In addition, low or non-VOC products are significantly more expensive and require different equipment and application techniques.
“It can be a big investment in dollars particularly if they have to replace equipment,” Grulke says. “There’s certainly a learning curve that goes with anything new. When you’re a small shop, those costs are magnified.”
Shop owners seeking to slash VOCs have options, Williams says.
“Water-based is not the only evolving technology that would answer these questions,” he says. “It’s not the only way out of the quandary we’re in.”
One alternative is to use environmentally friendly VOCs such as acetone exempted from restrictions, Williams says.
But acetone has numerous drawbacks, he says. It dries faster than solvents containing traditional VOCs and is more susceptible to humidity, he says. Blushing and other problems can arise, he says.
Other technologies include scrubbers to capture VOCs before they can into the atmosphere and UV or electromagnetic devices that apply finishes much more efficiently, reducing VOC levels, Williams says. All are expensive, but many larger industrial operations in areas with severe restrictions have adopted them, he says.
One option for smaller shops is better and more efficient spray equipment and application techniques, Williams says. By getting more bang from the buck, the shop can significantly reduce its VOC output, he says.
“You have an application that is twice as effective, and you may be able to use half as much,” Williams says.
Stevenson says that water-based VOC-free materials are becoming more of an option. They are better and cheaper than they were 10 years ago, he says. Big technological advances were being made until the 2008 financial crisis. As the economy has improved, those advances have resumed, he says.
“The industry is changing,” Stevenson says. “You’ve got companies that are increasing their interest in water-based technology, particularly the Sherwin- Williamses of the world. They’re beginning to invest more in water.”
Some European countries like Sweden have converted almost entirely to water-based products, Stevenson says. Their technology and products are excellent, far ahead of those produced in the U.S., he says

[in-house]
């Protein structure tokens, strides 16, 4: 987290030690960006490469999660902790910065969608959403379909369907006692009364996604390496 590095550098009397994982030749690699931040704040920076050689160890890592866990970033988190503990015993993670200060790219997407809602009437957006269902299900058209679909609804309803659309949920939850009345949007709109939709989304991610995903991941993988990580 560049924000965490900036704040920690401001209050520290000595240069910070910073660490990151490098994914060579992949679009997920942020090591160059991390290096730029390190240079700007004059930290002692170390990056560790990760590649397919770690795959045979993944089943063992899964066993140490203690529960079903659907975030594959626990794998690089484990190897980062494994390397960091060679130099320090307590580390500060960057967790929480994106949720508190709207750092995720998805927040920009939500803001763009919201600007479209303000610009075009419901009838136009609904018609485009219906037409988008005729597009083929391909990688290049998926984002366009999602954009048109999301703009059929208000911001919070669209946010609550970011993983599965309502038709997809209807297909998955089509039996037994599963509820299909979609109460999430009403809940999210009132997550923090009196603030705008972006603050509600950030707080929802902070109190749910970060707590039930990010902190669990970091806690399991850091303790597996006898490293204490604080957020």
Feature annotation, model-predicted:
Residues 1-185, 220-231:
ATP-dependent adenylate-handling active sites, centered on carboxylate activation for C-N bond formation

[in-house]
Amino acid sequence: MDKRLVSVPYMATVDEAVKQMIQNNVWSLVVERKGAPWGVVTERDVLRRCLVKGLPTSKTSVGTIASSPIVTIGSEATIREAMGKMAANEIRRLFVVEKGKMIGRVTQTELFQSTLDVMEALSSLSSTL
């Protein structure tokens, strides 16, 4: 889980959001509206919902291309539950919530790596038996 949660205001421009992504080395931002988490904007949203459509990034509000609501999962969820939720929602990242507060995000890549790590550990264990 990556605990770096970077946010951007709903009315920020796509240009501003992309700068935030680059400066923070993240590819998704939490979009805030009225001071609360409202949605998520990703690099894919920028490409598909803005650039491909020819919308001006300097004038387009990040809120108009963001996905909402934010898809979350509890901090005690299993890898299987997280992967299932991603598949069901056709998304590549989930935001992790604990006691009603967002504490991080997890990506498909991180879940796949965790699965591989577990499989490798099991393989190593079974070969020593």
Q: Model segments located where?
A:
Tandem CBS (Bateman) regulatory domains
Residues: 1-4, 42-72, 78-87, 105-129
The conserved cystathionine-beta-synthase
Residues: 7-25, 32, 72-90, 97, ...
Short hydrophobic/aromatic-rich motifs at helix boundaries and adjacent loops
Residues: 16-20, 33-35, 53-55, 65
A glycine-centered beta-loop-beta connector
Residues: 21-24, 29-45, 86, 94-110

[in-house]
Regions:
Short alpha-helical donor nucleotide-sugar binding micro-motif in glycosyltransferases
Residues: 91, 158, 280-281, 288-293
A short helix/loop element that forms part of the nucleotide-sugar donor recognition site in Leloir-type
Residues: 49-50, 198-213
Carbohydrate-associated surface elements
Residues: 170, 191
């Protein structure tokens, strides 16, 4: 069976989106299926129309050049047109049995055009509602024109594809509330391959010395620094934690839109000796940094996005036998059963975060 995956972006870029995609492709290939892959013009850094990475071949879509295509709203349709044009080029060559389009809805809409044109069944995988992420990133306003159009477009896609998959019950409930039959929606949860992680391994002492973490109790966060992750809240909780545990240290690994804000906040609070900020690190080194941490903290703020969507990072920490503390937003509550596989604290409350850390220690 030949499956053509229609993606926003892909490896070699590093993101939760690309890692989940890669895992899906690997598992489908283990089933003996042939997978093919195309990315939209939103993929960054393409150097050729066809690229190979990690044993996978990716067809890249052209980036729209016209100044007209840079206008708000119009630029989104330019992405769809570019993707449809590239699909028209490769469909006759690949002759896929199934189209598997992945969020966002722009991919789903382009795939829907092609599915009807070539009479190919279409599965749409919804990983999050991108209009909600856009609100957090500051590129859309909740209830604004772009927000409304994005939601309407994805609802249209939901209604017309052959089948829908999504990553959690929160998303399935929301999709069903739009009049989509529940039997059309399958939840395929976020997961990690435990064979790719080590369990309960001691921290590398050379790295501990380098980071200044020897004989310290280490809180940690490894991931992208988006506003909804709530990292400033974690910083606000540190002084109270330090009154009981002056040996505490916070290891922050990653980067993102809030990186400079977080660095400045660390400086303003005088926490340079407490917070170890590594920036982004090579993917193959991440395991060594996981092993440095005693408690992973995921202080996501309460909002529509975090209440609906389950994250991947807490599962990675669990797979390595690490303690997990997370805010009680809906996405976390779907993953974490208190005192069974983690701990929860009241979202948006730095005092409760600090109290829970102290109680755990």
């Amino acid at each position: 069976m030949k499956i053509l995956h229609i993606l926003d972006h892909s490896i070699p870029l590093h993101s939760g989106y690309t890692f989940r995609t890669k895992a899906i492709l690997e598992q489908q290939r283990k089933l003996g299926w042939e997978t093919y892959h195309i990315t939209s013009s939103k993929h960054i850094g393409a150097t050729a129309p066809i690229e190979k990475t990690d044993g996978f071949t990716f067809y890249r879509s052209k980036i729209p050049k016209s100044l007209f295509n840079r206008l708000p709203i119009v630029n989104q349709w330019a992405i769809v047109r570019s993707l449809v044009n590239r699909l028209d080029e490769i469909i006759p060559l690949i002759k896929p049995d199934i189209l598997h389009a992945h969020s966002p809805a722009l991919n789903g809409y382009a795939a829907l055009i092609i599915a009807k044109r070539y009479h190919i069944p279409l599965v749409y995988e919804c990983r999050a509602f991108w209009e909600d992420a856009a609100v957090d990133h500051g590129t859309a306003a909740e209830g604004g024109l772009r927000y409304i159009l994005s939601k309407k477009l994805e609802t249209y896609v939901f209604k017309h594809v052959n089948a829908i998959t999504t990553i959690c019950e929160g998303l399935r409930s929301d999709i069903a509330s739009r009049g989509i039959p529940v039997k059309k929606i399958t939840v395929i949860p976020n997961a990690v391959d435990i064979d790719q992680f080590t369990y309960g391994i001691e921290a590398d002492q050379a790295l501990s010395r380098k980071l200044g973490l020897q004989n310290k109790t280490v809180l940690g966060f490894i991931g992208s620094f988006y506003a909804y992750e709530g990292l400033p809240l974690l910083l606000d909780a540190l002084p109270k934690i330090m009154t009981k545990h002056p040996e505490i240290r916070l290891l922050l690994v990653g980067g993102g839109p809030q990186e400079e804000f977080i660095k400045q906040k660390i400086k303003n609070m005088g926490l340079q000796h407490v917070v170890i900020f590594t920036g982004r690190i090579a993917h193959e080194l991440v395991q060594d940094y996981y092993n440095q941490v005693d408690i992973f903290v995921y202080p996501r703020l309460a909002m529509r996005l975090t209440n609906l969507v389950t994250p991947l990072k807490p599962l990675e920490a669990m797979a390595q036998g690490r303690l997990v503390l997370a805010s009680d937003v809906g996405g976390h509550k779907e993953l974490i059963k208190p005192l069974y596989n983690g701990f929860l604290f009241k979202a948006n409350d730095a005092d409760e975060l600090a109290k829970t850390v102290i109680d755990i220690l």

“The reason for that is that there’s a national mandate,” Stevenson says. “Sweden and other nations have pushed hard on the environment and the coating industry must be water-based. The European-based technology is far superior than what is in use here.”
Also assisting Sweden’s switch to water-based materials is the profile of its woodworking industry, Stevenson says. Large firms dominate in contrast to the small shops that prevail in the U.S., giving them the cash to convert.
The biggest obstacles to adoption of water-based coatings are cost and a desire not to learn new techniques, Stevenson says.
“It’s mainly considered a pain in the butt,” he says.
But Stevenson says his group recently did a study for a larger manufacturer showing that water-based coatings are economically competitive with VOC technology. The study showed that coating costs would go up 30 to 35 percent, but that was offset by savings in clean up and lower health and fire insurance rates, he says.
“We found that the total cost of doing business, it’s almost a break even,” Stevenson says. “In some cases, it’s a little cheaper. But that of course depends on what you are doing.”
Converting to water is very doable if shops have the right training and equipment, he says.
“It’s really not that hard to get them converted,” Stevenson says. “It does work. A lot of it comes down to education and training.”
But Stevenson added that American water-based technology “isn’t quite there.” His advice to shop owners: Do what you have to comply with local regulations, but wait if you can.
“If you are in California, [you] better start converting,” he says. “But if you can, let technology get better until you switch.”
With only about 10 percent of woodshops employing water, Stevenson estimated it would be decades before usage reaches Swedish levels.
“California 20 years ago, they were saying in five years, it’s going to be nothing but water,” he says. “But even now sales of water are not that high. Everyone is fighting for solvents.”
This article originally appeared in the December 2013 issue.